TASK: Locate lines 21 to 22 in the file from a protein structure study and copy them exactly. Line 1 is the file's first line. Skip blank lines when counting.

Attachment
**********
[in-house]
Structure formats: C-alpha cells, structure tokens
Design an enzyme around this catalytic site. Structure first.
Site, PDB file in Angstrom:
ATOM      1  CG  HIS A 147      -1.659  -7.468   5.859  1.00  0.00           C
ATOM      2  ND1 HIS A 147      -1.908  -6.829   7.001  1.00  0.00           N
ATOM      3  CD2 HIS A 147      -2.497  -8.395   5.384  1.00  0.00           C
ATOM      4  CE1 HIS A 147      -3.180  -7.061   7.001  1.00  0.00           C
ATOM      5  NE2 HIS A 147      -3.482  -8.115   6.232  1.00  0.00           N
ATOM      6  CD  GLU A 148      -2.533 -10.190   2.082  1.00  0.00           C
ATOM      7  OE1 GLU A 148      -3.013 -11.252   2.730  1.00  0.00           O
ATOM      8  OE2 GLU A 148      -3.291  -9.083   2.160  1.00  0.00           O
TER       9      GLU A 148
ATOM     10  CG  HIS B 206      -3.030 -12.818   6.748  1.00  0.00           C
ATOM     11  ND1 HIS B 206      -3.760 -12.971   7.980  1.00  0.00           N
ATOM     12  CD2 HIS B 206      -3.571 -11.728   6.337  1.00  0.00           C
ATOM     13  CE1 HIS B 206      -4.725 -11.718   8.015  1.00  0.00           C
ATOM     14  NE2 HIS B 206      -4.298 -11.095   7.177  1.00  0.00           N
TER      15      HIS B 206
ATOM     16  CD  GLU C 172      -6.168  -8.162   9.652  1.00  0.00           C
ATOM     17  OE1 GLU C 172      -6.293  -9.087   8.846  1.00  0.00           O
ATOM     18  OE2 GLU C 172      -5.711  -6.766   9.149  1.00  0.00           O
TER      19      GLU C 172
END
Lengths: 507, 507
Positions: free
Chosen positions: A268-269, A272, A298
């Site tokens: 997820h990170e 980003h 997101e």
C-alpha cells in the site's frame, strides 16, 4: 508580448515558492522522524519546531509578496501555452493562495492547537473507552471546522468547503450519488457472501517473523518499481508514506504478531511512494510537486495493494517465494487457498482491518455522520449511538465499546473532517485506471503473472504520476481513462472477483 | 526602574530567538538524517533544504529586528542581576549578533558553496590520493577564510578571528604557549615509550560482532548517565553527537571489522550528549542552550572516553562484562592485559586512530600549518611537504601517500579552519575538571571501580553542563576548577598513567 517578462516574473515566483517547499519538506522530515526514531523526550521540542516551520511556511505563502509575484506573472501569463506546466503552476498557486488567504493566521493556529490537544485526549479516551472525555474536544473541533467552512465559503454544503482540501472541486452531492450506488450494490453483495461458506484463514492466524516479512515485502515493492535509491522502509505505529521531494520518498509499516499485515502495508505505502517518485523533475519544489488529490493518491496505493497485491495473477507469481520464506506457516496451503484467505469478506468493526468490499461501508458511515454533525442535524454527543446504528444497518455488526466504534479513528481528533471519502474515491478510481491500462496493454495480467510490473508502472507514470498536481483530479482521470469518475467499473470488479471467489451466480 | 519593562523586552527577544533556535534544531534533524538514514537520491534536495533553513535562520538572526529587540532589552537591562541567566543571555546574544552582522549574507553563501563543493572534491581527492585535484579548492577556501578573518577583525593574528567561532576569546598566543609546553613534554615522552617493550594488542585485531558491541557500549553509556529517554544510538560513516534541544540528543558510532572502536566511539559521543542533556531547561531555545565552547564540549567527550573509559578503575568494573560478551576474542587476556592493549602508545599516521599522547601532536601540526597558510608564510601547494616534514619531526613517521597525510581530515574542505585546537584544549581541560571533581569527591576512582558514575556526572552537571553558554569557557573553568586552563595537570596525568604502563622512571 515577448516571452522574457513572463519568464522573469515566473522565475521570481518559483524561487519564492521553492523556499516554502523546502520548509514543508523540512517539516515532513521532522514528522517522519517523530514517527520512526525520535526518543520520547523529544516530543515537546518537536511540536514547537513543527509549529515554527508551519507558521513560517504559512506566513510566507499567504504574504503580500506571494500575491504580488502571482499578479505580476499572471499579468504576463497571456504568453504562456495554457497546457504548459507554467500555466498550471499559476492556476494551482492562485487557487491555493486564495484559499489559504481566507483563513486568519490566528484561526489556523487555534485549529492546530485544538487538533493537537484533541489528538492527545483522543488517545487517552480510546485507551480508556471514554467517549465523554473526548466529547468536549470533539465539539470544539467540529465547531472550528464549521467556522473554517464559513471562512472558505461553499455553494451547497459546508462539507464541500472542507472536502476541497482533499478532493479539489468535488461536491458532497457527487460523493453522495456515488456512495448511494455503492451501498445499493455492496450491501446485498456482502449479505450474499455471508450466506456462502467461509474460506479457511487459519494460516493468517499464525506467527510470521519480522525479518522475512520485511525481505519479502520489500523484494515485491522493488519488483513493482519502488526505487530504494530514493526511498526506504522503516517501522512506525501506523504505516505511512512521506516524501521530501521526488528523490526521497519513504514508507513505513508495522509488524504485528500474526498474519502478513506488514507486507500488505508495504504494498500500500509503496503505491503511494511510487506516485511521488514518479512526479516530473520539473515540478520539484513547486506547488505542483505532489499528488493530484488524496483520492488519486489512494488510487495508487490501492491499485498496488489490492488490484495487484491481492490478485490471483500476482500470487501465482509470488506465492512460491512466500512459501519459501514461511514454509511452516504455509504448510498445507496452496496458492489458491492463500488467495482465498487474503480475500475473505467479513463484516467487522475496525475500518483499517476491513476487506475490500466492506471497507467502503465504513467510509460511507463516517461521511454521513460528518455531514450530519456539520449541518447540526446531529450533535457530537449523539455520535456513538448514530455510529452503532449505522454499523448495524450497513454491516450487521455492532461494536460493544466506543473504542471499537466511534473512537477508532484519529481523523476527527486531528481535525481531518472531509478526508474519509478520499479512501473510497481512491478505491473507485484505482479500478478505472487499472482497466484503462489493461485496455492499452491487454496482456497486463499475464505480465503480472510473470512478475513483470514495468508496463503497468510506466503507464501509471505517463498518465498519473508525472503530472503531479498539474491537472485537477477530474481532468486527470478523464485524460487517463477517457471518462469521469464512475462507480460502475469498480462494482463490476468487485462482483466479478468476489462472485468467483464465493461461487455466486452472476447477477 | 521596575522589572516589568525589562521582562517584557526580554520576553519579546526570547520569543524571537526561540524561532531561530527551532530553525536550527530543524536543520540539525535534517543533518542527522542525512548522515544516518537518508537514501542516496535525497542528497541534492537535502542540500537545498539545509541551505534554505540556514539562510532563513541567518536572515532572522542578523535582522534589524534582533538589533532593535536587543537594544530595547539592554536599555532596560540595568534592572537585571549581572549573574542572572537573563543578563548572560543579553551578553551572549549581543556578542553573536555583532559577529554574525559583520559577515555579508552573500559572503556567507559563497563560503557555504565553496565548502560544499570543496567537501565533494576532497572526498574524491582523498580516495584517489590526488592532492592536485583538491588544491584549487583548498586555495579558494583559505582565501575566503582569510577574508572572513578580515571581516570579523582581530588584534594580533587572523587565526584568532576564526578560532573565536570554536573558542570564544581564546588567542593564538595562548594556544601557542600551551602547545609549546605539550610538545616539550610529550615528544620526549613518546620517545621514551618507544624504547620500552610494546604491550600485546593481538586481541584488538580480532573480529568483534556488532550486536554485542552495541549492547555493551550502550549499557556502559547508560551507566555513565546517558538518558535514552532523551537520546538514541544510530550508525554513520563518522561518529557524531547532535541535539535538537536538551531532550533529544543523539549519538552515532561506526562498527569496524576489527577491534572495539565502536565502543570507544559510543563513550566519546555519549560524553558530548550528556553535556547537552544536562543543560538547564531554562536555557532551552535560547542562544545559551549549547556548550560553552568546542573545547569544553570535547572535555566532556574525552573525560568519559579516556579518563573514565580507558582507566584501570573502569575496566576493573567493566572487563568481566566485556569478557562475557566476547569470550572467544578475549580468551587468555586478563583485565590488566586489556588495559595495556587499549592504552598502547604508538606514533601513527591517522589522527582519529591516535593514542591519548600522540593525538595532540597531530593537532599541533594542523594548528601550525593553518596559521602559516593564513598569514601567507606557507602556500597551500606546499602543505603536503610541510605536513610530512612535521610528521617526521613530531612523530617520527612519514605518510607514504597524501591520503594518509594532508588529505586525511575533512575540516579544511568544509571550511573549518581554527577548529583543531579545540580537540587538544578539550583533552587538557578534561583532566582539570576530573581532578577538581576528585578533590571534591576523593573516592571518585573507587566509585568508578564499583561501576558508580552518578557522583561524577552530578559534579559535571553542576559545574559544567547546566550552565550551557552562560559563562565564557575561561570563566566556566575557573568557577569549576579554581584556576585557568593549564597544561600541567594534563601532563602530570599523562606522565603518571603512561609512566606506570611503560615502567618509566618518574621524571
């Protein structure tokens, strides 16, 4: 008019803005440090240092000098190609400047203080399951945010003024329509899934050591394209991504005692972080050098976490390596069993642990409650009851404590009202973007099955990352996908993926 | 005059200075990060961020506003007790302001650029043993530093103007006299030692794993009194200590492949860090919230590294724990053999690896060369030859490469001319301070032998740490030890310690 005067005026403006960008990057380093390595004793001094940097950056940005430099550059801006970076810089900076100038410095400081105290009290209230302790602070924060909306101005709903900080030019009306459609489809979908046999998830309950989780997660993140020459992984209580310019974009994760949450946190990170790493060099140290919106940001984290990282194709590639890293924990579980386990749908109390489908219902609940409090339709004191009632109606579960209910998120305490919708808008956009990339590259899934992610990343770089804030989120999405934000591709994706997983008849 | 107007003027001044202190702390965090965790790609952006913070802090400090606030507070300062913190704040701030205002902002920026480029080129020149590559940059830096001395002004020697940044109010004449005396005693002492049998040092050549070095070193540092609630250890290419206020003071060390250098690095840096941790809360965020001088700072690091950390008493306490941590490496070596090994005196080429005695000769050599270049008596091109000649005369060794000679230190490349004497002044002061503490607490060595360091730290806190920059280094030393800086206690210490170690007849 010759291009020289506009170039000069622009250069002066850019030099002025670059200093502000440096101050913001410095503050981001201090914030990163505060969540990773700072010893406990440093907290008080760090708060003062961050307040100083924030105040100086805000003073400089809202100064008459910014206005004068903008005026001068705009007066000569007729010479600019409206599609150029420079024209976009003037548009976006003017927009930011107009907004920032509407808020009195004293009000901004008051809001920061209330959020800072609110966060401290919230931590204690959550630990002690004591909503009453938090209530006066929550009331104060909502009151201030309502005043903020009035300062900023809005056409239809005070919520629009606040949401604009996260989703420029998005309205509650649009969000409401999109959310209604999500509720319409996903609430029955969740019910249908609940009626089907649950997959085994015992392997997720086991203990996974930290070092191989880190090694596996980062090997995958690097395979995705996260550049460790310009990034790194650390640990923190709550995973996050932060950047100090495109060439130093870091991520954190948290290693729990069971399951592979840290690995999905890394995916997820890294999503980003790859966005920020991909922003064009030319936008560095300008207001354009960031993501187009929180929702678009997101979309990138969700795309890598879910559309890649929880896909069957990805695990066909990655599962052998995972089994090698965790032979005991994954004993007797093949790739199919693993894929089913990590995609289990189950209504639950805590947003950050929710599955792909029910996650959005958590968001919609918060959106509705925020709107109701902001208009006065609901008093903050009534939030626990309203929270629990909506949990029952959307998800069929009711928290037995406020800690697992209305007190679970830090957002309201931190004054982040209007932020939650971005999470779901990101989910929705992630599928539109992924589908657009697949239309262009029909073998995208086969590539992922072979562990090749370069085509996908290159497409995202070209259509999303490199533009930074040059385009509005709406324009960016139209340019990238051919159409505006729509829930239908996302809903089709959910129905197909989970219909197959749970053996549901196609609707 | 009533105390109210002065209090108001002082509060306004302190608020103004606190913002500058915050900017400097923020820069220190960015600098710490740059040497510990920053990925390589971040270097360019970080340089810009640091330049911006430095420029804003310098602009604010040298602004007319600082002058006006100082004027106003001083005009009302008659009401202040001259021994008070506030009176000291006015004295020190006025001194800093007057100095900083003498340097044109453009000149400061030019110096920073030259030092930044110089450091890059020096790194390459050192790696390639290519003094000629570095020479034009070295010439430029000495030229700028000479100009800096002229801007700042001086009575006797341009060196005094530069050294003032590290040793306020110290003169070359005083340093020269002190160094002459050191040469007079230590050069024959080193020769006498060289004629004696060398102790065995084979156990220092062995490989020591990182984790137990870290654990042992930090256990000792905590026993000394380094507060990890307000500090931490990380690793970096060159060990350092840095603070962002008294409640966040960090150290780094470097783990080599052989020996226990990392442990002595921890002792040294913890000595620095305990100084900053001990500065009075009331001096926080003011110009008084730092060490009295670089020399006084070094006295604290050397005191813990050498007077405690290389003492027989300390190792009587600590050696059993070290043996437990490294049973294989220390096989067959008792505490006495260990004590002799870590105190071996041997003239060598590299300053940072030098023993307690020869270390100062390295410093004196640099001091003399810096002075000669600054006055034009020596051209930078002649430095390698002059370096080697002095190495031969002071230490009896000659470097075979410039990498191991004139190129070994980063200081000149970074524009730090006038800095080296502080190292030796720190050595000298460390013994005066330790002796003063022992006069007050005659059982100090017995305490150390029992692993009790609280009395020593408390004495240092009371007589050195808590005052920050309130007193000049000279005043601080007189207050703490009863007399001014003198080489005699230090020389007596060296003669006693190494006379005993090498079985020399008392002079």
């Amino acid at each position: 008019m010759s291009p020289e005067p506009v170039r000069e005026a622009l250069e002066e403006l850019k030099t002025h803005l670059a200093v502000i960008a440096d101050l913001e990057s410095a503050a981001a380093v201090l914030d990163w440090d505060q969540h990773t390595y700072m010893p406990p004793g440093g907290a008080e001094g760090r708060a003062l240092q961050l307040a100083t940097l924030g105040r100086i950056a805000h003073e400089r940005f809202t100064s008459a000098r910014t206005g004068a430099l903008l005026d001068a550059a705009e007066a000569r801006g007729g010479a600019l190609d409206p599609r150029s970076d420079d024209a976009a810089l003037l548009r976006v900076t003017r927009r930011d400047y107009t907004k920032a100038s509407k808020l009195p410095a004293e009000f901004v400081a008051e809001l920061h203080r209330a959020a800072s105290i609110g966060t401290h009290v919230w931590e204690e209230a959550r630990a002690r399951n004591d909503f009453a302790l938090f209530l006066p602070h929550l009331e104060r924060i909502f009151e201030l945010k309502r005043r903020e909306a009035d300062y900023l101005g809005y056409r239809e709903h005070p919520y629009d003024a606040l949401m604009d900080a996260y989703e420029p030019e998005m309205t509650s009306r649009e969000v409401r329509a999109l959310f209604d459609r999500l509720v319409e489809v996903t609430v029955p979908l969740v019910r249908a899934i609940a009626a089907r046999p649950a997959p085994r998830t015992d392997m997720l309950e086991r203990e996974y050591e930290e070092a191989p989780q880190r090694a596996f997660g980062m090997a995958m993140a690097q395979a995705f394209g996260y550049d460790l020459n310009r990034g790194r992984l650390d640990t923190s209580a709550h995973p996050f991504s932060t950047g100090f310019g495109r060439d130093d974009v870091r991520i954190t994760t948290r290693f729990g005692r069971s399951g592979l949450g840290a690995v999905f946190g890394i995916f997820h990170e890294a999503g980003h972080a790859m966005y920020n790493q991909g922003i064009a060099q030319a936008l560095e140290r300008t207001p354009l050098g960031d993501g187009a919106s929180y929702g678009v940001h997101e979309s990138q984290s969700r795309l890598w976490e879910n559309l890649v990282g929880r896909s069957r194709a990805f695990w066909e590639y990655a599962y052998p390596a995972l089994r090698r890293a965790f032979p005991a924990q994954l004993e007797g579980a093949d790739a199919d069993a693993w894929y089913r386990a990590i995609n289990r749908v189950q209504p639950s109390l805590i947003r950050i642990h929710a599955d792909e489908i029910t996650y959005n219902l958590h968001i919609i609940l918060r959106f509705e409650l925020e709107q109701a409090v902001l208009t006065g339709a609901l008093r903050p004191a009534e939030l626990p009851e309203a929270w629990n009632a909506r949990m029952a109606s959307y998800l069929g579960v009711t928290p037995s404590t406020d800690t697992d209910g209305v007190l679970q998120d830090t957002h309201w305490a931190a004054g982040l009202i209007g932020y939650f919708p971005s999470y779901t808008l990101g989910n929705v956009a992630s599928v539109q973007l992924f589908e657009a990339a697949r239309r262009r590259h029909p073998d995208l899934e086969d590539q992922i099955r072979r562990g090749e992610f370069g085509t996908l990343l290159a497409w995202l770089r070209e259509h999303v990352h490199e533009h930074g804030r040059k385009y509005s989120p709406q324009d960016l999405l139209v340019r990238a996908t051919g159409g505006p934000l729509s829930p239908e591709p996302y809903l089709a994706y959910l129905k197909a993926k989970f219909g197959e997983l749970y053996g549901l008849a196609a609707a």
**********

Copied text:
ATOM     17  OE1 GLU C 172      -6.293  -9.087   8.846  1.00  0.00           O
ATOM     18  OE2 GLU C 172      -5.711  -6.766   9.149  1.00  0.00           O